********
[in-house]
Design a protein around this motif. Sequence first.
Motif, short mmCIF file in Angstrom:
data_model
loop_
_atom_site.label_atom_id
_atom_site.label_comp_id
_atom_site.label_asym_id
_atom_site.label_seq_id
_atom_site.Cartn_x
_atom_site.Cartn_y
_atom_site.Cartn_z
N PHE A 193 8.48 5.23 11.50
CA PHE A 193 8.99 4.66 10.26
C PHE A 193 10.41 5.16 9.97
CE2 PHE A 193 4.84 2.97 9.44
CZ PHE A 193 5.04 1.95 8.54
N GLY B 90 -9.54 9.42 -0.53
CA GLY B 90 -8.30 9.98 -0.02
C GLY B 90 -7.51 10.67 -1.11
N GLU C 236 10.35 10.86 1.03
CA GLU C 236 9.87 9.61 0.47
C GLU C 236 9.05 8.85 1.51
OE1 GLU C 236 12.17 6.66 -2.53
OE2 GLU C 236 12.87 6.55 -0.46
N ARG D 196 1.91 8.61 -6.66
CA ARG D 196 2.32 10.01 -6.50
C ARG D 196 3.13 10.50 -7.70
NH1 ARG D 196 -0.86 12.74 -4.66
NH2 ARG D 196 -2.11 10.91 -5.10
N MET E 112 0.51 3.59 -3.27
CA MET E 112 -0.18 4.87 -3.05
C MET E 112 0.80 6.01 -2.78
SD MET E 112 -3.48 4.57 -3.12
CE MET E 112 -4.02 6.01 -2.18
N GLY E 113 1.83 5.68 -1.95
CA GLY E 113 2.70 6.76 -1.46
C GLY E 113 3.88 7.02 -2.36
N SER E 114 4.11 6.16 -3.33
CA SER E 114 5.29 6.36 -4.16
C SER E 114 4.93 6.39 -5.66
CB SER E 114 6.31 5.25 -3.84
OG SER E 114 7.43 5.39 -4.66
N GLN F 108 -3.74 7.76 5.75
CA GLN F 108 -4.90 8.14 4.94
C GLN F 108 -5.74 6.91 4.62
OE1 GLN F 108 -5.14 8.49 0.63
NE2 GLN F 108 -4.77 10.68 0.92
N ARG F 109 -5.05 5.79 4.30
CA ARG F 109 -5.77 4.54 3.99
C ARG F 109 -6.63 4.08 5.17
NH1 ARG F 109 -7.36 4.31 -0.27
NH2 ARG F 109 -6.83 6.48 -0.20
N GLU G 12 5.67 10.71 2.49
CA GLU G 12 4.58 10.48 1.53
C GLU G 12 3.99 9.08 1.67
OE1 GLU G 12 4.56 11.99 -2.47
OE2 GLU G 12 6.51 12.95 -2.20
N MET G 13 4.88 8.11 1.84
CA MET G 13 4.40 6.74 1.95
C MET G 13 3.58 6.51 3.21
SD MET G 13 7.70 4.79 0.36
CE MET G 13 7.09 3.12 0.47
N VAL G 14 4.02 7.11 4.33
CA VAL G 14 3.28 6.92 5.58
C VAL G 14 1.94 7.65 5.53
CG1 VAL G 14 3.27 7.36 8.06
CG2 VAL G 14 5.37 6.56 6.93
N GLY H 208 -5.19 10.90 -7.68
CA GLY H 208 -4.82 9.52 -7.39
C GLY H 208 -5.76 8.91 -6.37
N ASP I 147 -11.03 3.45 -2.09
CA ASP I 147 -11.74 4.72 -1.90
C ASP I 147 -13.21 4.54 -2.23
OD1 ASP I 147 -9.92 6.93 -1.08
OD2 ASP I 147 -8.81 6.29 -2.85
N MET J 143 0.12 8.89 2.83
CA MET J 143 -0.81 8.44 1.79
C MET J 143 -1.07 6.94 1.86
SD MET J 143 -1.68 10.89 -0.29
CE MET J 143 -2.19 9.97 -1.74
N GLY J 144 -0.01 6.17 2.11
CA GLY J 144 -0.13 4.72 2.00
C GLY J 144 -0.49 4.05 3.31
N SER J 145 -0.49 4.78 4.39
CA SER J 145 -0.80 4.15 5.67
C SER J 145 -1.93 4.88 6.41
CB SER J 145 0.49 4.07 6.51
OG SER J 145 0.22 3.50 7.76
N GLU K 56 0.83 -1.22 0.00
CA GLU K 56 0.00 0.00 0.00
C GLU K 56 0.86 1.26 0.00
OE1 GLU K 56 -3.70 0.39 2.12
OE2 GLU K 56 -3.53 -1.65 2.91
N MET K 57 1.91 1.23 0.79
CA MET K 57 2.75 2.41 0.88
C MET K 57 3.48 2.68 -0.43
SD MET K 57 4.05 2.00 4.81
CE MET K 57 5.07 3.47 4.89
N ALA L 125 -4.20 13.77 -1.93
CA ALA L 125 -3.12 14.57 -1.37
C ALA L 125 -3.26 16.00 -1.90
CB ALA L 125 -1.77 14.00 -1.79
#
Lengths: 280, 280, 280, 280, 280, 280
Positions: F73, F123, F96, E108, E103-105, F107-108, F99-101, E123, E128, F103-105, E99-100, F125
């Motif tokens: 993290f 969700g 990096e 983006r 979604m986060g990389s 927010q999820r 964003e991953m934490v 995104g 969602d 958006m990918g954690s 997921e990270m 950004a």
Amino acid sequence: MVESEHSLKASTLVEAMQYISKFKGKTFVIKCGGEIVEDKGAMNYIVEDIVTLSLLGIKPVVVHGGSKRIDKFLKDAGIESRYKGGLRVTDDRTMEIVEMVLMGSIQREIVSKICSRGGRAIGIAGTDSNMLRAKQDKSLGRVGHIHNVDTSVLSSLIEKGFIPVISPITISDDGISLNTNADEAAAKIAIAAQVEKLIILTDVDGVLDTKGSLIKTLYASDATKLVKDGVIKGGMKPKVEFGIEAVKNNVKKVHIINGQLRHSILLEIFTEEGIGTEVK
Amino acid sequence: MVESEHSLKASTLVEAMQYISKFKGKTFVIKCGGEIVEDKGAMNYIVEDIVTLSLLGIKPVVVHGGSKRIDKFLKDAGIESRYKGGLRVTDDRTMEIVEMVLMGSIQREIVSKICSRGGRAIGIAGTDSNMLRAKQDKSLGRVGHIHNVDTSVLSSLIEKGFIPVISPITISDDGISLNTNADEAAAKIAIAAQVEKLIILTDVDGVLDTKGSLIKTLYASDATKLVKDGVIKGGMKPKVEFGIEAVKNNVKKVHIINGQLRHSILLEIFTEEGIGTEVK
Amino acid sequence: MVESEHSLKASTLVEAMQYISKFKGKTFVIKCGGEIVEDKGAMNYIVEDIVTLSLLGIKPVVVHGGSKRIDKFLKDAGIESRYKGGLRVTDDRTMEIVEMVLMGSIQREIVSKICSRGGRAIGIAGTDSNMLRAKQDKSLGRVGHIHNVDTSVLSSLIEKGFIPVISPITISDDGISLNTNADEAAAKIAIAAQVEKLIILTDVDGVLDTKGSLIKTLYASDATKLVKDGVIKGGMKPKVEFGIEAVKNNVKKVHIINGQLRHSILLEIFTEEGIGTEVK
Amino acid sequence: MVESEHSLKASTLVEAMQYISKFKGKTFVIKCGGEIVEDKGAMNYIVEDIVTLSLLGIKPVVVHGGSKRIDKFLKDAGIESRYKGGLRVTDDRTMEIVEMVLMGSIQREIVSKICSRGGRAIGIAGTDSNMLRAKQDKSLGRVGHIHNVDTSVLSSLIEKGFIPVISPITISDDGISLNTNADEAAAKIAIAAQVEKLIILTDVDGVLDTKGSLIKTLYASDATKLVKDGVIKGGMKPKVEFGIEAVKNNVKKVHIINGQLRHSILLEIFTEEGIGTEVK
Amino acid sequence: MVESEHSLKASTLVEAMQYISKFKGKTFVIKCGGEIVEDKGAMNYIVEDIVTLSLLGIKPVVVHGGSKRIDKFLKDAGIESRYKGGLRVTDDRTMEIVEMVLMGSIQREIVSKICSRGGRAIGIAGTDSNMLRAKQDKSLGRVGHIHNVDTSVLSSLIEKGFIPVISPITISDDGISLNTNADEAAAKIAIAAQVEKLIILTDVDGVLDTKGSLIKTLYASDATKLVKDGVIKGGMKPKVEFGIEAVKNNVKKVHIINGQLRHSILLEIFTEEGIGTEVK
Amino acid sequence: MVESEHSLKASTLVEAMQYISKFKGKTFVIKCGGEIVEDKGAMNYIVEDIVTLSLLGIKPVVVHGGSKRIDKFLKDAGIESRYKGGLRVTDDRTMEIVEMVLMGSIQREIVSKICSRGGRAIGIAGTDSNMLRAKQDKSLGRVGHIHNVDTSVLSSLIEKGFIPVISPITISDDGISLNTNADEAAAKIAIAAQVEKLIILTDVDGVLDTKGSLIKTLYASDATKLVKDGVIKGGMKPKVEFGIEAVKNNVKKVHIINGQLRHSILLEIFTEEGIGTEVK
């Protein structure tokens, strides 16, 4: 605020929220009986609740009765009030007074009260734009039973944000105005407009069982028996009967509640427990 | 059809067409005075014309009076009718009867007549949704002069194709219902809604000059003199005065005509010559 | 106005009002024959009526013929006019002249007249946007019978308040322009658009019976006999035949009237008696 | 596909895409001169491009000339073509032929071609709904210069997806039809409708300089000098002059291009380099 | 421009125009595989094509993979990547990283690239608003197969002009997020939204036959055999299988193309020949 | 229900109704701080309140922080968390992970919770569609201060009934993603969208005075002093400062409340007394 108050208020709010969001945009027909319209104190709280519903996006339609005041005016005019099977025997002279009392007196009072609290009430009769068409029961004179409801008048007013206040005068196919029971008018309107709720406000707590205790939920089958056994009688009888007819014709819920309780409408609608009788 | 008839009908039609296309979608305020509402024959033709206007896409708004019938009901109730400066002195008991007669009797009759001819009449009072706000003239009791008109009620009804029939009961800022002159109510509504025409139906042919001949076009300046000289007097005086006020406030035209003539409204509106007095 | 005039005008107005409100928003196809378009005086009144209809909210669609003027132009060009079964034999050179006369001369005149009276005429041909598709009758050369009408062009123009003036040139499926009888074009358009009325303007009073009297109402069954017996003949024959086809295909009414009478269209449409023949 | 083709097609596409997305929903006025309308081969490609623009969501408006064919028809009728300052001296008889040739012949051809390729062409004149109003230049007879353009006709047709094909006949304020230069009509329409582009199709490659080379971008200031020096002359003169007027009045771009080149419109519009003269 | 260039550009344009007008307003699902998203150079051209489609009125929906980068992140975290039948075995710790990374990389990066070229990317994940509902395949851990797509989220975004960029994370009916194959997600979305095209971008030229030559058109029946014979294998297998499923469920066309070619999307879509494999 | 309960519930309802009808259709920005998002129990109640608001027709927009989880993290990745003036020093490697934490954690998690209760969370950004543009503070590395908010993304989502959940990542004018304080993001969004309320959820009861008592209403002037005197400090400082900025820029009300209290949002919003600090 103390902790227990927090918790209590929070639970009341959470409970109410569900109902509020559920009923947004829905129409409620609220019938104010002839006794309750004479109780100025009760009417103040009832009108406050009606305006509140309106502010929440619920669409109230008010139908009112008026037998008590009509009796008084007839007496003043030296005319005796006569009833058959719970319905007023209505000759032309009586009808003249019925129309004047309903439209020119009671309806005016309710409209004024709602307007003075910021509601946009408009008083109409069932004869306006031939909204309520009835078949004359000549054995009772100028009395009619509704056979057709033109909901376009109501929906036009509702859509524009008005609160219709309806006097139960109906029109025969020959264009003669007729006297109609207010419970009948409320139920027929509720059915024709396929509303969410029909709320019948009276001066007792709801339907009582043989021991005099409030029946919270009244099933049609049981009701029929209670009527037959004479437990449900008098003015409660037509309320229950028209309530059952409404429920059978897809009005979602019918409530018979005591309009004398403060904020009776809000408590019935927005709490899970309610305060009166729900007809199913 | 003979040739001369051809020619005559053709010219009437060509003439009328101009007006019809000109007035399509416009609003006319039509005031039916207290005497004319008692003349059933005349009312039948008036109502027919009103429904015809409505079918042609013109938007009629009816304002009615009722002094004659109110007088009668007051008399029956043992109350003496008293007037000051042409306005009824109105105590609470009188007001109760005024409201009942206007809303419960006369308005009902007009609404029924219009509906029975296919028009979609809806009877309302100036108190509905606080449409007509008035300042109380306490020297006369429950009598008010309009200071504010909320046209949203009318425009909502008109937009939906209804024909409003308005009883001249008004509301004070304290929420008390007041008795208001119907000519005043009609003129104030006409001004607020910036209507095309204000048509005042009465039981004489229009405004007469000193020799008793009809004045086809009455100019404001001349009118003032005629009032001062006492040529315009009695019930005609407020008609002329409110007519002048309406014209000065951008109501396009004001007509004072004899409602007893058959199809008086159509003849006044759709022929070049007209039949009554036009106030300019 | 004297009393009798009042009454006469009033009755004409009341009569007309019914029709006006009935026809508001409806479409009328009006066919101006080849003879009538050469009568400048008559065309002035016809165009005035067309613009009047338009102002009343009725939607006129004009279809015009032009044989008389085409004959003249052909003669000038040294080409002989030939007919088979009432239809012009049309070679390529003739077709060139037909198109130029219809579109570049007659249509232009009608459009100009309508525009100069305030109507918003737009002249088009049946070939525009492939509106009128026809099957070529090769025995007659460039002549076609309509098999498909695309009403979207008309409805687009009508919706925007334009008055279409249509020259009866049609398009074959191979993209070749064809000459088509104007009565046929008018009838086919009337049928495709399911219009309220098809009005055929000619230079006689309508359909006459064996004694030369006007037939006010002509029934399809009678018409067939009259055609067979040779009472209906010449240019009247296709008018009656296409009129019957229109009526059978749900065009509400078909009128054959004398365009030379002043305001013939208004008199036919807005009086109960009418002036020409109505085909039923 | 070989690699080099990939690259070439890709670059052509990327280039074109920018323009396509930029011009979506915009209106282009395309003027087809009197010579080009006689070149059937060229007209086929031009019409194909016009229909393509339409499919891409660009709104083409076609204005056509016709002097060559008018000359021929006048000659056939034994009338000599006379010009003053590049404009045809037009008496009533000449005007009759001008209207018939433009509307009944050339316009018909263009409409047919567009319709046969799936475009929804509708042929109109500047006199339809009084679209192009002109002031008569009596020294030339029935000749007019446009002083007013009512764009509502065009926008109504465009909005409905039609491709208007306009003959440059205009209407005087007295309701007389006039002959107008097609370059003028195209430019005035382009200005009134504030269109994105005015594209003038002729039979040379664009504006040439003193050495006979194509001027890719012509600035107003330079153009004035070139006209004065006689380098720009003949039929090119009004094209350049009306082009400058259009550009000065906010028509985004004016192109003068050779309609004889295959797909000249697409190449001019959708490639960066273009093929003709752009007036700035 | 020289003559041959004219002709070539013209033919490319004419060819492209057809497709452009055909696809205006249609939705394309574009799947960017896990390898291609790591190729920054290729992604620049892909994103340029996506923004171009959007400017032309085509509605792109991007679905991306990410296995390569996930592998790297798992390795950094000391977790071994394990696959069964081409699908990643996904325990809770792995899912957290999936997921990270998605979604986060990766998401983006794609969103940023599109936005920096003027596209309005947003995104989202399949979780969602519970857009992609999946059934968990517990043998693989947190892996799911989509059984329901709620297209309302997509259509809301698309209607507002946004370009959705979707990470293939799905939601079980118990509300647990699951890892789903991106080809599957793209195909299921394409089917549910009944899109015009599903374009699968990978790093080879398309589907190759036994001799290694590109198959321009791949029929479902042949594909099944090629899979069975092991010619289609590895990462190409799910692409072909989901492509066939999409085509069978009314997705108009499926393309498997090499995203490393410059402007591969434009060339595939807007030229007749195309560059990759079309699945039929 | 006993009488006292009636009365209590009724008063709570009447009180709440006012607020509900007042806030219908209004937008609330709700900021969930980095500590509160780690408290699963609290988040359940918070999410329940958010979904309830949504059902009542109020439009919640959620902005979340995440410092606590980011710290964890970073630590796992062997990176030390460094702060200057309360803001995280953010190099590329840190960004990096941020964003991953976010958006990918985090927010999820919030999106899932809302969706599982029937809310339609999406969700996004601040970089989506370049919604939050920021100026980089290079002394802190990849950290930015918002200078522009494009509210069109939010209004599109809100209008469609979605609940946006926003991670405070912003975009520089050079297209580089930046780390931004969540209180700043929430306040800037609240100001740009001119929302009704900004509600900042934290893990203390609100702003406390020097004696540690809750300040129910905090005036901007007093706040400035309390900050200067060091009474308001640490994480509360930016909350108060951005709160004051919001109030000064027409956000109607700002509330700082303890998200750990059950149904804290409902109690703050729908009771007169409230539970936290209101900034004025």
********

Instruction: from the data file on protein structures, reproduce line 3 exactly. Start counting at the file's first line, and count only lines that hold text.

Motif, short mmCIF file in Angstrom: